July 14, 2022
"Final updates" to New York's draft business corporate franchise tax regulations will affect all industries
- The New York State (NYS) Department of Taxation and Finance (Department) expects to finalize all corporate tax reform draft regulations at once within the next 6-12 months.
- The recently issued Part 4 draft apportionment regulations included numerous changes affecting all industries.
- The draft regulations do not provide an effective date and could apply retroactively.
- Interested parties should consider submitting comments on the Part 4 draft apportionment regulations by August 26, 2022, but comments on all draft regulations can still be submitted before the final promulgation process begins later this year.
- Although the draft regulations are not yet final and "should not be relied upon" until final, they demonstrate the State's treatment in this area.
- New York City could adopt these regulations to the extent the City's corporate business tax is the same or substantially similar to NYS law.
Based upon NYS corporate tax reform effective for tax years beginning on or after January 1, 2015, the Department recently released "final updates" to all its Article 9-A Business Corporation Franchise Tax draft regulations (draft regulations) with the expectation of submitting them to the State Administrative Procedure Act (SAPA) process in Fall 2022 for final promulgation.
Draft apportionment regulations
On July 1, 2022, the Department posted "final updates" to its Part 4, apportionment regulations (draft apportionment regulations). This draft includes the general apportionment provisions and rules for digital products/services and services and other business receipts, which were previously posted as separate drafts. The major revisions to these parts include the following:
- Replacing "taxpayer" with "corporation." This change stems from the rules applying to corporations determining if the economic nexus standard is met and non-taxpayer members of combined groups.
- Clarifying the items included in the business apportionment factor (BAF). The Department continues to exclude rules pertaining to "unusual events."1 Therefore, receipts generated from activities outside the ordinary course of business would be apportionable unless they are not "included in the computation of entire net income for the taxable year."2
- Addressing the apportionment of lump-sum payments. While some of the language included in this section remains unchanged from the prior versions of the draft apportionment regulations, one particularly noteworthy, new provision for lump sum payments would prohibit "a corporation [from using] the rules for intermediary transactions unless almost all of the activities carried on under the agreement are intermediary transactions."3 The intermediary transaction rule would allow for a type of look-through sourcing approach for taxpayers to the underlying beneficiary/consumer of the product or service.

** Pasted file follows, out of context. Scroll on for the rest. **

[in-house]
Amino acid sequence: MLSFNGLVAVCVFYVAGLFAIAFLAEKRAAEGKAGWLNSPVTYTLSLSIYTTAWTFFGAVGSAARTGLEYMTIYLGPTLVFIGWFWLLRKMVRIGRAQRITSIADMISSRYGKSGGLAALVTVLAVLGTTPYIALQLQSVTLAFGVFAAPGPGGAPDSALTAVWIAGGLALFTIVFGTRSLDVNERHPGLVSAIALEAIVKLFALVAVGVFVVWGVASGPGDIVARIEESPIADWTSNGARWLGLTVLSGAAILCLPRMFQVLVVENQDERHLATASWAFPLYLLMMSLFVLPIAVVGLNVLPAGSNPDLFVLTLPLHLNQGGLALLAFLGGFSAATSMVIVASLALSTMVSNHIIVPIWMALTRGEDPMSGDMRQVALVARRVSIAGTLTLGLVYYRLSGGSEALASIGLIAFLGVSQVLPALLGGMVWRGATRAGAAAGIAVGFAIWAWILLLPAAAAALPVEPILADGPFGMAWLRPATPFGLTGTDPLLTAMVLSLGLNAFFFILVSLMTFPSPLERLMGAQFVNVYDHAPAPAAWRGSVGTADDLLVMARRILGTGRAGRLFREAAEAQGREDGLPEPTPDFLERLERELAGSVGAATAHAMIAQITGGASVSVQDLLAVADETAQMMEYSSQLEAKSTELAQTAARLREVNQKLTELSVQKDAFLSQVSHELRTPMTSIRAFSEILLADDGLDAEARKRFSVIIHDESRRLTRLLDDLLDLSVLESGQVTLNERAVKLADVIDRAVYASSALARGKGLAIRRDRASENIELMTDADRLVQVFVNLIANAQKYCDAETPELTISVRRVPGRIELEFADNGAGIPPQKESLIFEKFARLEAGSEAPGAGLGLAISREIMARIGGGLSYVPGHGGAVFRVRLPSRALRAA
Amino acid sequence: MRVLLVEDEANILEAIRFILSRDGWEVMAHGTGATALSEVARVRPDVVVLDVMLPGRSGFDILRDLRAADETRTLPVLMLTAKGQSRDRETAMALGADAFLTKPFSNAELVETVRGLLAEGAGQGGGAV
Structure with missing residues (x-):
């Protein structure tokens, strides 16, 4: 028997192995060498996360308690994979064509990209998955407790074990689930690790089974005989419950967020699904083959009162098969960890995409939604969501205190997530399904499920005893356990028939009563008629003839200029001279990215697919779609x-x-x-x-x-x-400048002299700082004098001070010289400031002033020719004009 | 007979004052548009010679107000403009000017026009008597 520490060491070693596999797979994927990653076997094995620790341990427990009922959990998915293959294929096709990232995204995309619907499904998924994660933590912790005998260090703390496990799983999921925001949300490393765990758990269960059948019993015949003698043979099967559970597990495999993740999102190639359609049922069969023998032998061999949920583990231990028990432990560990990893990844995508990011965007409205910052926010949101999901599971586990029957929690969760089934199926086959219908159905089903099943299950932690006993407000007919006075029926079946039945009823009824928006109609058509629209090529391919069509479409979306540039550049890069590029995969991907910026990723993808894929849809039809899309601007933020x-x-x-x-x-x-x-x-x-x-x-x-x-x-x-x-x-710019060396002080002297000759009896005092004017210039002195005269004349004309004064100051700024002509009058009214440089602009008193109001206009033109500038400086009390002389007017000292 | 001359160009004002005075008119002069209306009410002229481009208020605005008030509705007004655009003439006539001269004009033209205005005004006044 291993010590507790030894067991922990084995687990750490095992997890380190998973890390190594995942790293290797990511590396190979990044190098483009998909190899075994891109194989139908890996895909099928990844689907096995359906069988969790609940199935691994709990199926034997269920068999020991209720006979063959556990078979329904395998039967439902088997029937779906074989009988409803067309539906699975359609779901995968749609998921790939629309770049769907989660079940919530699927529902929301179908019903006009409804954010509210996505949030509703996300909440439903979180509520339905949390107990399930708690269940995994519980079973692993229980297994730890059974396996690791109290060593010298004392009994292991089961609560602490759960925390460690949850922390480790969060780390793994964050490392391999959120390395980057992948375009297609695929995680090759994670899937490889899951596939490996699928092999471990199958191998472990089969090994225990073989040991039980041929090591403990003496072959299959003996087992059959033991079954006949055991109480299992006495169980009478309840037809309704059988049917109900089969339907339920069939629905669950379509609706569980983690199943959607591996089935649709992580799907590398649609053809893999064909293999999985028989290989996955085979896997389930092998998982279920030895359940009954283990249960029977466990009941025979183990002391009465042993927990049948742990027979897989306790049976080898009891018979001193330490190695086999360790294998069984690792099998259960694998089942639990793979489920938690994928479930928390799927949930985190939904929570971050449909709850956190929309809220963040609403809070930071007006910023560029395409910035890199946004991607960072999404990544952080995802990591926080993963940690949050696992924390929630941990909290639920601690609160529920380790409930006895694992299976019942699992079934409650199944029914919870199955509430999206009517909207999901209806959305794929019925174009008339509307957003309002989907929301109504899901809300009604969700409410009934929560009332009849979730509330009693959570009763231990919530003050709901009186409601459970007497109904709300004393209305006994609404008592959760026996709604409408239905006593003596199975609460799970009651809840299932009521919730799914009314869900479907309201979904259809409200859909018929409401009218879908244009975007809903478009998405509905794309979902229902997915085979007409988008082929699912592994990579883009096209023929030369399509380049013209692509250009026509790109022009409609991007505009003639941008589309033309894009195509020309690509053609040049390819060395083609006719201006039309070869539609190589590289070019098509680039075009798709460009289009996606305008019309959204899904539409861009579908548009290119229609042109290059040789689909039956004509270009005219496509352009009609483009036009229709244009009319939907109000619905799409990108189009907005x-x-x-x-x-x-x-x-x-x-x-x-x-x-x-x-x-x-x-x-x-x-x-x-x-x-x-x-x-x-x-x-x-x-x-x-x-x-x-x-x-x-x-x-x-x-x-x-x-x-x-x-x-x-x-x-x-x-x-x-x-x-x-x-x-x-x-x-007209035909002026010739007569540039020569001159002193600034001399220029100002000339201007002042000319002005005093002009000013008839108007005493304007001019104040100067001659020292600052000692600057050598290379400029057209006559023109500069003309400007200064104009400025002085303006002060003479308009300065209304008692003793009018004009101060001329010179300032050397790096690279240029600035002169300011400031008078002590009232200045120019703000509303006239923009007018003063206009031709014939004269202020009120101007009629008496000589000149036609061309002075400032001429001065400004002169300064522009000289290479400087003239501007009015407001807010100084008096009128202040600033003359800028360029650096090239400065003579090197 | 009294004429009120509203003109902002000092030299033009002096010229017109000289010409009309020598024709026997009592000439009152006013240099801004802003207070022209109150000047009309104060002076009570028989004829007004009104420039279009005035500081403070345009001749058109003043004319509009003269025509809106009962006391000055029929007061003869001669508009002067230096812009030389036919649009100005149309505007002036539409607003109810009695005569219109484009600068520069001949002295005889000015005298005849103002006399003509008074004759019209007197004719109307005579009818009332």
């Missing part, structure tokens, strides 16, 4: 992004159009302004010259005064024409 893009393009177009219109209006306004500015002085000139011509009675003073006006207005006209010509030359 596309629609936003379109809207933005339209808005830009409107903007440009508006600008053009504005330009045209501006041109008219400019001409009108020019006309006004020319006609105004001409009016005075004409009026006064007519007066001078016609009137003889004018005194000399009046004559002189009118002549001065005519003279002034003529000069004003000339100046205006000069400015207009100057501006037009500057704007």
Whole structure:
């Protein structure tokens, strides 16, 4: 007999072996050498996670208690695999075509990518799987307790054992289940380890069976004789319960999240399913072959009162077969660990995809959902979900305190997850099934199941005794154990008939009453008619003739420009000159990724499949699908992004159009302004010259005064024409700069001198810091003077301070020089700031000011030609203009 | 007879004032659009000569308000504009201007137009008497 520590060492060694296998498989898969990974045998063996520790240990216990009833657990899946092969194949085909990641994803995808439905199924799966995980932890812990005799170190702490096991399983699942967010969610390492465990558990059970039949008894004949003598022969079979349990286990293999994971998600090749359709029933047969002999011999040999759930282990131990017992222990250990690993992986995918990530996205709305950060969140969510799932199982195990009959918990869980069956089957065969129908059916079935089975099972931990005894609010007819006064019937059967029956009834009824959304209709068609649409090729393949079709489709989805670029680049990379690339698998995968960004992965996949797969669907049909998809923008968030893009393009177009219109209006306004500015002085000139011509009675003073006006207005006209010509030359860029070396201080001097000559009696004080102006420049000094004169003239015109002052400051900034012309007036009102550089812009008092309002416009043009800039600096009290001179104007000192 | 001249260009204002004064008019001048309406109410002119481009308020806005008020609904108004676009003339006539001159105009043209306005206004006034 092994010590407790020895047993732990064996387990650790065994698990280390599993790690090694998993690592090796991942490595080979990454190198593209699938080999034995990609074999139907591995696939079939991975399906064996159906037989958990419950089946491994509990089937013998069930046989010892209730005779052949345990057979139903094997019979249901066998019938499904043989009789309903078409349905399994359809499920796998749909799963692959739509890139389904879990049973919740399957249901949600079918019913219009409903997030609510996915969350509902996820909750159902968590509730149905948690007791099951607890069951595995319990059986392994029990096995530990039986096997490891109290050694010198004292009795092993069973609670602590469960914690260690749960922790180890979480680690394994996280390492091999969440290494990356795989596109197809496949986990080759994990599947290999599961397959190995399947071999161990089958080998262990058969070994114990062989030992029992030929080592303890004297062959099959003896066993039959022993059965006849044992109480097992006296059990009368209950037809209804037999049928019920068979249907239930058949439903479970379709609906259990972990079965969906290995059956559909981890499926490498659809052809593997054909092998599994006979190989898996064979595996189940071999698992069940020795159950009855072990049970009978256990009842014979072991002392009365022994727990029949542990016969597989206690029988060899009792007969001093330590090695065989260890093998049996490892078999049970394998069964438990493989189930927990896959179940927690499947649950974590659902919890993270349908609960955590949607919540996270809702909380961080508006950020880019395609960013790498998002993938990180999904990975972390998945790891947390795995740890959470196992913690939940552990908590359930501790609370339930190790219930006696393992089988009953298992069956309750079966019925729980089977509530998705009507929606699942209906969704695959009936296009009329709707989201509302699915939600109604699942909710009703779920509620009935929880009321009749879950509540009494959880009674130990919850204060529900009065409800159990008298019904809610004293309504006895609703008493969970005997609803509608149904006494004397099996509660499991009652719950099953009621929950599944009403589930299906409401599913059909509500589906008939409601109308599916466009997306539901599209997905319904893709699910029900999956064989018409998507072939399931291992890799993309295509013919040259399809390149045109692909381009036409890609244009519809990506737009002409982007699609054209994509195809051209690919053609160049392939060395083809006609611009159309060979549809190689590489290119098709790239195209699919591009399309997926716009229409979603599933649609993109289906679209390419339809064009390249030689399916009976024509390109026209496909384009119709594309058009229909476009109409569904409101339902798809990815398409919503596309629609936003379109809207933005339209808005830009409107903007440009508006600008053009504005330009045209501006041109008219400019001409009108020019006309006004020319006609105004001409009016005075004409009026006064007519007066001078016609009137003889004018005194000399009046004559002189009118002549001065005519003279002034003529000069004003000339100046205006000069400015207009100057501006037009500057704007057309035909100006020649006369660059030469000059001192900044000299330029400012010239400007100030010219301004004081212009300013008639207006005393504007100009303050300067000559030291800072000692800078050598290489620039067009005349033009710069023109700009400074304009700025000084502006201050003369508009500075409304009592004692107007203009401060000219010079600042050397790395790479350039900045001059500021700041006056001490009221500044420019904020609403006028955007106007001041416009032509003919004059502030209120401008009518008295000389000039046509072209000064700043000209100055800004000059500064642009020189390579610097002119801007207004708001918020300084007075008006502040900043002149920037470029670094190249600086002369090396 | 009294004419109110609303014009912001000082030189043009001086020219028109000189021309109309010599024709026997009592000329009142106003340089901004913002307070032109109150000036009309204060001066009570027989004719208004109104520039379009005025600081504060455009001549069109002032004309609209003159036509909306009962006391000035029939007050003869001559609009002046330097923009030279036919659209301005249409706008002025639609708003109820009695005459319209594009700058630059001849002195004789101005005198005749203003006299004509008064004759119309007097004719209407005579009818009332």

- Including rules for net gains from the sale of tangible personal property and real property. The new rules would, among other things, limit the amount included in New York receipts to the amount included in everywhere receipts when determining net gains from sales of tangible personal property or real property if "the total amount of net gains (not less than zero) from sales … located in New York exceed the net gains (not less than zero) from sales … located within and [outside NYS]."4
- Including new examples for sourcing sales of tangible personal property, royalties, advertising receipts, and receipts from digital products/services. A new example in the discretionary authority section of the draft apportionment regulations would require a corporate partner to include in apportionment the gains/losses from the sale of the underlying assets of a partnership when the corporate partner's net gain from the sale of the partnership interest was 75% of its business receipts for the tax year.5 The general statutory rule excludes gain on the sale of a partnership interest unless the Commissioner determines that the inclusion of such net gains is necessary to properly reflect the taxpayer's business income or capital.
- Updating the rules for federal funds and other financial instruments. The draft apportionment regulations would not consider "interest paid to [a] corporation directly by the [F]ederal [R]eserve for reserves maintained at the [F]ederal [R]eserve [B]ank [to] constitute interest income from federal funds" and would require that interest be "apportioned under the rules for other financial instruments."6 The other financial instrument section of the draft apportionment regulations require that such interest income be apportioned 1/12 to NYS because "[o]nly one of the twelve Federal Reserve Banks is located in New York."7
- Clarifying that cryptocurrency falls under the definition of digital product. Draft apportionment regulation section 4-3.1(c) would define "cryptocurrency or similar asset digitally delivered" as "digital products" and source them using the digital product or digital services rules, i.e., a hierarchical sourcing method first looking to the customer's primary-use location.
- Including a billing-address safe harbor for receipts from digital products/services and services, as well as other business receipts. In addition to the "inquiries safe harbor," the Department also would include a "billing address safe harbor" whereby the corporation may use a customer's billing address as either the primary use location (for digital products/services) or the benefits received location (for other services and other business activities) for sourcing purposes. The corporation could use the "billing address safe harbor" if it had more than 10,000 business customers purchasing substantially similar products or services and no more than 5% of receipts from those products or services come from one particular customer.8